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You are here : 3-RX.com > Medical Encyclopedia > Tests and Exams > PAP Smear

PAP Smear

Alternate Names : Pap Test, Papanicolaou Test, Pap Screening

Overview & Description | Preparation & Expectations | Results and Values

A Pap smear is a sampling of cells from a woman's cervix. The cervix is the opening between the vagina and the uterus. The cells are scraped from the cervix during a pelvic exam.

Cervical dysplasia is a condition in which a woman has abnormal changes in the top layer of cells of her cervix. These changes are an early sign that cervical cancer may develop.

A cervical cell goes through precancerous stages for months to years before becoming an invasive, malignant, carcinoma. Catching the disease at the precancerous stage can prevent the development of cervical cancer. Since the Pap smear was introduced 60 years ago, deaths from cancer of the cervix have decreased by 70%.

Who is a candidate for the test?

The American Cancer Society recommends that women have yearly Pap smears beginning at age 18 or when they become sexually active. If a woman has had three negative annual Pap tests in a row, the doctor may recommend less frequent testing. Some women may need more frequent screenings if they are at high risk for cancer of the cervix. Risk factors include the following:

  • becoming sexually active before age 18
  • being the daughter of a woman who took diethylstilbestrol, also known as DES, during pregnancy
  • having a sexual partner who has or has had cancer of the penis
  • having a sexual partner whose previous partner had cancer of the cervix or cervical dysplasia
  • having a weakened immune system, for example, due to HIV or other immunodeficiency disorder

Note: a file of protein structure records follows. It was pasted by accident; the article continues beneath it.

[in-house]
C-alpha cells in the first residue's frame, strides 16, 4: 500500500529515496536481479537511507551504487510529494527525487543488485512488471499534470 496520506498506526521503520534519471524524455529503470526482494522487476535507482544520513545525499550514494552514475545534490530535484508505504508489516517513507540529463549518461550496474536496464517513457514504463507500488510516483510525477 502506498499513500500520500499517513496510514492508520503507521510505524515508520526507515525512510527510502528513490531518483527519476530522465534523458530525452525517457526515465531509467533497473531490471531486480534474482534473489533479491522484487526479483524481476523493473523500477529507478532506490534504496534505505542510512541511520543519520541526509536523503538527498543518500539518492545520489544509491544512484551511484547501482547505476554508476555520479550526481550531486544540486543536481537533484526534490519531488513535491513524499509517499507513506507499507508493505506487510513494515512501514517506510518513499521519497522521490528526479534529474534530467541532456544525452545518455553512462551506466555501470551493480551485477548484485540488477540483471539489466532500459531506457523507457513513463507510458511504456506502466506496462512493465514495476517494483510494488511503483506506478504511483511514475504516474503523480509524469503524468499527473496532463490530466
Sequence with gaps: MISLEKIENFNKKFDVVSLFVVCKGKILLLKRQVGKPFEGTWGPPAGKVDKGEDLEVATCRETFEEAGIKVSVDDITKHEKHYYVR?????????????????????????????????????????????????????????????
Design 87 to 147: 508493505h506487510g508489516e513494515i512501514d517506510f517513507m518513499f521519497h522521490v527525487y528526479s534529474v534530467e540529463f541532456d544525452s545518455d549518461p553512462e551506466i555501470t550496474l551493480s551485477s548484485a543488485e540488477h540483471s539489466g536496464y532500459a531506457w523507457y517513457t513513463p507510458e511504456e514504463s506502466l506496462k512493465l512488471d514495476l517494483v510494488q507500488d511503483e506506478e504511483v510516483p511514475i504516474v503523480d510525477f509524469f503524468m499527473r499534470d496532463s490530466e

• having had a sexually transmitted disease, such as chlamydia or human papilloma virus, both of which are strongly linked with cancer of the cervix
  • having had an abnormal Pap smear
  • having had cancer of the vagina or vulva
  • having had more than three sexual partners
  • a history of cancer of the cervix in a woman's sister or mother
  • not using condoms with new sexual partners
  • smoking
  • How is the test performed?

    The first step is for the healthcare provider to perform a pelvic exam. A speculum is a metal or plastic instrument that is placed in the vagina. This instrument allows the provider to see the interior of the vagina and the cervix. A small, sterile brush is used to take a sample of cells from the internal opening of the cervix. A small wooden spatula is used to scrape the outside of the cervix. These two scrapings are placed on a glass slide or in a small bottle filled with a special liquid. The cells are analyzed later under a microscope in a laboratory.


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    PAP Smear: Preparation & Expectations

    Author: David T. Moran, MD
    Reviewer: Melinda Murray Ratini, DO
    Date Reviewed: 08/15/02

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